What is Permaculture ?

Permaculture is a set of design principles centered on whole systems thinking simulating or directly utilizing the patterns and resilientfeatures observed in natural ecosystems. It uses these principles in a growing number of fields from regenerative agriculturerewilding, and community.

With its system of applied education, research and citizen-led design permaculture has grown a popular web of global networks and developed into a global social movement[citation needed].

The term permaculture was developed and coined by David Holmgren, then a graduate student at the Tasmanian College of Advanced Education’s Department of Environmental Design, and Bill Mollison, senior lecturer in Environmental Psychology at University of Tasmania, in 1978.[1] The word permaculture originally referred to « permanent agriculture »,[2][3] but was expanded to stand also for « permanent culture », as it was understood that social aspects were integral to a truly sustainable system as inspired by Masanobu Fukuoka’s natural farming philosophy.

It has many branches that include, but are not limited to, ecological designecological engineeringregenerative designenvironmental design, and construction. Permaculture also includes integrated water resources management that develops sustainable architecture, and regenerative and self-maintained habitat and agricultural systems modelled from natural ecosystems.[4][5]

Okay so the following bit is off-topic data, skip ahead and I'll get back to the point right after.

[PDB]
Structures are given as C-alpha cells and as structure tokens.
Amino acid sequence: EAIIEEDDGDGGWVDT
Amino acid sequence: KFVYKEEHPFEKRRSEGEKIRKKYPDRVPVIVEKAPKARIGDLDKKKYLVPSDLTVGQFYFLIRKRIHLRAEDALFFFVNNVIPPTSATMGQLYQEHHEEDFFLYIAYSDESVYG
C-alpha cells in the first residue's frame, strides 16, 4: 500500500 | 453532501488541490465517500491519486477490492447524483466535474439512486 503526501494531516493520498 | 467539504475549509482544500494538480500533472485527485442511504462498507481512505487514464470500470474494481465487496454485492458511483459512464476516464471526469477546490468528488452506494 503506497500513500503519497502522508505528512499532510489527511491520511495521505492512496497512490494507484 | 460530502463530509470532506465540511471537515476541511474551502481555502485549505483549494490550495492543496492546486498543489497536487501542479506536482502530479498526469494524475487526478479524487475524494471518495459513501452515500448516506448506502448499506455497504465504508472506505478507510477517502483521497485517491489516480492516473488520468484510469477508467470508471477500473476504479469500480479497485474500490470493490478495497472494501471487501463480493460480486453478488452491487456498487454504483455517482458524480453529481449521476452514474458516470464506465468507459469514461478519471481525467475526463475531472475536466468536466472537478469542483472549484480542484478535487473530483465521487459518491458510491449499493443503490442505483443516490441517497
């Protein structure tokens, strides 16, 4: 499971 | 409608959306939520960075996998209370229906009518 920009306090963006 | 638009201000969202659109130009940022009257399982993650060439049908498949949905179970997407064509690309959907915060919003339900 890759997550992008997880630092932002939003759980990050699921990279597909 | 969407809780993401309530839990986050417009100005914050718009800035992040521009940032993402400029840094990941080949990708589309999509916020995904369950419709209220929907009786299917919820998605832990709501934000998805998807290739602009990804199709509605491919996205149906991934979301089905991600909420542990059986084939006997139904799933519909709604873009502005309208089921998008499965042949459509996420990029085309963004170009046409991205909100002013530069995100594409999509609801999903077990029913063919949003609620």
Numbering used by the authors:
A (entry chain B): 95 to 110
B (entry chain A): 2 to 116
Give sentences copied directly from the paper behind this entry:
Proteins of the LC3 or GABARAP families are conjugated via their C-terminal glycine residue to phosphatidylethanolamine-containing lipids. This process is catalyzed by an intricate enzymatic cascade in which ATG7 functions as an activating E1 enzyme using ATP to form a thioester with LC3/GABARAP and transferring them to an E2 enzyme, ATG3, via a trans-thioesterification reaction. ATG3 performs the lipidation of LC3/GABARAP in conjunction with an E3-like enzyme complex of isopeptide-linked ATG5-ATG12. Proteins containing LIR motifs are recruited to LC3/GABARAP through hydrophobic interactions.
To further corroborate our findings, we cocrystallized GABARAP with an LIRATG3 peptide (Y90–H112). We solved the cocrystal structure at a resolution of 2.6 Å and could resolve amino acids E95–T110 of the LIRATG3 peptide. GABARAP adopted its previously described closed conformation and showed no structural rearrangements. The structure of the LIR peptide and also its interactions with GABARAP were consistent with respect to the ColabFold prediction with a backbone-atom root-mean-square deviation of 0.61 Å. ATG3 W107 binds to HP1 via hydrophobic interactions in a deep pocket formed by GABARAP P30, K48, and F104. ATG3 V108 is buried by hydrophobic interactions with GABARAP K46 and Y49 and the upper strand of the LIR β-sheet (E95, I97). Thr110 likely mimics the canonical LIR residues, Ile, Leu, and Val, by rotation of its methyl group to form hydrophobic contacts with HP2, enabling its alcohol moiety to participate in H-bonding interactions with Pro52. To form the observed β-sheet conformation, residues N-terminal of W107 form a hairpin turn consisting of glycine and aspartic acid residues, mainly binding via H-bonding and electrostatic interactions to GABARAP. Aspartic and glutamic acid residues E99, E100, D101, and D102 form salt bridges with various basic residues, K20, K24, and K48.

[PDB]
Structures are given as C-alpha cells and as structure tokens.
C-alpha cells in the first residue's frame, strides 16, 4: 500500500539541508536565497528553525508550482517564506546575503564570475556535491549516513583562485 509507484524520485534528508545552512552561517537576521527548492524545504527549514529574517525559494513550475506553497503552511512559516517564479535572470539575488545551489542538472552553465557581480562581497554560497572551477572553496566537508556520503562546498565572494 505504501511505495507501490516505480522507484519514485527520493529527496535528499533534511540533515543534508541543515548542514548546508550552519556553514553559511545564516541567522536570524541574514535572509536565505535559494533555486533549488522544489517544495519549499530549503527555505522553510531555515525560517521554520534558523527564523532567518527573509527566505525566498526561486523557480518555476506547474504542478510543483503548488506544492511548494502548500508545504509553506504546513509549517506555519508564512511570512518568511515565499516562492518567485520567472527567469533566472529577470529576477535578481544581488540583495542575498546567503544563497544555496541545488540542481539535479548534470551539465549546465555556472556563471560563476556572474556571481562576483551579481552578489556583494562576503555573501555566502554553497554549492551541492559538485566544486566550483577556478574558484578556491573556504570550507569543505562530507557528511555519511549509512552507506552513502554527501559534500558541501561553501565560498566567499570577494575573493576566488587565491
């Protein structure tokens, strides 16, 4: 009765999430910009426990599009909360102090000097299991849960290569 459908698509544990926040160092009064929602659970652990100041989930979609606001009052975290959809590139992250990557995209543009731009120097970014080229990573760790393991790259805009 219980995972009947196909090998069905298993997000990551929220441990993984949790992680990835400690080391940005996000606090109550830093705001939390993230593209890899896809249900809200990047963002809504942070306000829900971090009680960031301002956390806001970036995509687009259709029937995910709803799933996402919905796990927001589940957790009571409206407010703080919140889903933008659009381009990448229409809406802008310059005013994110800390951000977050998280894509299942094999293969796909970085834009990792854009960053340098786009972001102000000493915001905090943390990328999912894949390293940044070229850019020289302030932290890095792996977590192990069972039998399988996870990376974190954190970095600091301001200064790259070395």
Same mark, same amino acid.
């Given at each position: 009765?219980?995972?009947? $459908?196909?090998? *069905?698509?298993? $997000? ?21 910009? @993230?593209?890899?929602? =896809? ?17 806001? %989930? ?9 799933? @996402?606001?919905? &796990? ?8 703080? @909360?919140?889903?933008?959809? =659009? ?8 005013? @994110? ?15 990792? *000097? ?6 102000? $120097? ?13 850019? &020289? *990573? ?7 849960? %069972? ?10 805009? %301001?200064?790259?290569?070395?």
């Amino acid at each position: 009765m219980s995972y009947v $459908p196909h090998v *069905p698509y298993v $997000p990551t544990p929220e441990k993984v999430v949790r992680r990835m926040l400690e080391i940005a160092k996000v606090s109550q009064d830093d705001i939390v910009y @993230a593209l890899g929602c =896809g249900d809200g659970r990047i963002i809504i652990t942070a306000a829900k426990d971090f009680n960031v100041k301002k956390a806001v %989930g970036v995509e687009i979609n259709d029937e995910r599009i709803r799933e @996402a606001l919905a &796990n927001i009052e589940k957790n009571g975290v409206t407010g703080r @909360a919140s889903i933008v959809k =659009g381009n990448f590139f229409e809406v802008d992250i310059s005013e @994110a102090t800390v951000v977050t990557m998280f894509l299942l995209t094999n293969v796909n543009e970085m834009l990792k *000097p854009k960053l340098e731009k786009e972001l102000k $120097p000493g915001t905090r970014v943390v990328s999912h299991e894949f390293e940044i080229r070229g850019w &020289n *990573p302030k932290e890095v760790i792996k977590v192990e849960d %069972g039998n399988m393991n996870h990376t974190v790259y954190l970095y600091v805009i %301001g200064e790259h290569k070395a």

Mollison has said: « Permaculture is a philosophy of working with, rather than against nature; of protracted and thoughtful observation rather than protracted and thoughtless labor; and of looking at plants and animals in all their functions, rather than treating any area as a single product system. »[6]

The 12 principles of permaculture most commonly referred to are first described by David Holmgren in his book Permaculture: Principles and Pathways Beyond Sustainability (2002). They include: Observe and Interact, Catch and Store Energy, Obtain a Yield, Apply Self Regulation and Accept Feedback, Use and Value Renewable Resources and Services, Produce No Waste, Design From Patterns to Details, Integrate Rather Than Segregate, Use Small and Slow Solutions, Use and Value Diversity, Use Edges and Value the Marginal, and Creatively Use and Respond to Change.

Read more : https://en.wikipedia.org/wiki/Permaculture

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